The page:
Plan on a pay glitch. There’s always someone in every unit who has trouble getting paid for weeks into a mobilization. Assume it’s going to be you, and execute accordingly. Start saving up for an emergency fund, with at least three months’ worth of expenses, either in cash, money markets, or cash value in a permanent life insurance policy. Retirement funds don’t make good sources for emergency funds, because of the penalties involved in taking distributions.
Work on an emergency family care plan. Now that you’re mobilizing, what if something happens to your spouse? Who will be able to take care of your children until you can return? Generally, you should be able to take leave, or even come home due to hardship if your spouse dies or becomes permanently disabled and you need to come home to take care of children. However, it could well take time for you to make it home. Who is willing to help? Your spouse may trade this commitment with other military families – though preferably not from the same unit or ship.
Notify Your Employer
By law, you must notify your employer prior to missing work. There’s no specific length of time you need to give your employer prior to departing, but you should definitely give your employer as much time as practicable to prepare for your absence.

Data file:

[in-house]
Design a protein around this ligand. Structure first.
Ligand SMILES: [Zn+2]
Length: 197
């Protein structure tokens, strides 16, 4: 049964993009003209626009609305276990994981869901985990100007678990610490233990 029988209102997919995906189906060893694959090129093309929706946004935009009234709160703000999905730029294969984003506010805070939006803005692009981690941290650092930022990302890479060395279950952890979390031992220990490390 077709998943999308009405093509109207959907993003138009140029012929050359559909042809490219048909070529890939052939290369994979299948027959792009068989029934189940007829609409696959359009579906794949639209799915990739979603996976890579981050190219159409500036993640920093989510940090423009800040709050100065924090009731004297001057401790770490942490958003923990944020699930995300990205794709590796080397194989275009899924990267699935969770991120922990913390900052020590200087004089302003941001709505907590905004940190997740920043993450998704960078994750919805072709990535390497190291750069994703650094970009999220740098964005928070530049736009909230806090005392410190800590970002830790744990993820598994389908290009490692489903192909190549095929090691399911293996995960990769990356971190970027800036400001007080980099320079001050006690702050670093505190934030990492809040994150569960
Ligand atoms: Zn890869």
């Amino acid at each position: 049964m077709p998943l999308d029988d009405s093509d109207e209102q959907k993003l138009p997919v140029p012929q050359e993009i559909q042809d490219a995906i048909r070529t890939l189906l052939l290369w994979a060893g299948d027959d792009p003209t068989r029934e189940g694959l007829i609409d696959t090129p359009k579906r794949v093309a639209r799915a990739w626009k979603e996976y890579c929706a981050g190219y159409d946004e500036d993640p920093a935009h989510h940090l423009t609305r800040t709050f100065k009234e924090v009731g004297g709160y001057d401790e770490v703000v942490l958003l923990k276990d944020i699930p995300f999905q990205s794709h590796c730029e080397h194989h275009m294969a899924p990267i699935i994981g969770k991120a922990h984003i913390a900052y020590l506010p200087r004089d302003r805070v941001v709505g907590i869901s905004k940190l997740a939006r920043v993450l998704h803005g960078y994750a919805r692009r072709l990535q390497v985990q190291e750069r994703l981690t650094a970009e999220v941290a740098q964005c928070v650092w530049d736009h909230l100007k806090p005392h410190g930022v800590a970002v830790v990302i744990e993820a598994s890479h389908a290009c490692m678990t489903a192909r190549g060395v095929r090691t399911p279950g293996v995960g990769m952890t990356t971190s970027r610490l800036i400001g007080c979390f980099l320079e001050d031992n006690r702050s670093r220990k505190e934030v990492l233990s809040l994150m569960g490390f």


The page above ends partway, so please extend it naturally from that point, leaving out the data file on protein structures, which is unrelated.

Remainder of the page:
Financial Planning Issues
Enroll your family in TRICARE.
You may want to cancel your health insurance coverage, effective the day you enroll your family in TRICARE. Under HIPAA rules, you can generally get coverage again when you come off of active duty, provided there’s no break in coverage longer than 63 days. You should have no problem reenrolling in your workplace plan upon your release from active duty (provided you report back to work in a timely matter after leaving active duty). If you are self-employed, or you have your own private coverage instead of a workplace plan, though, you may need to check your state’s laws regarding reenrolling in your plan upon coming home. Speak with an experienced health insurance agent about your reentry privileges in your state.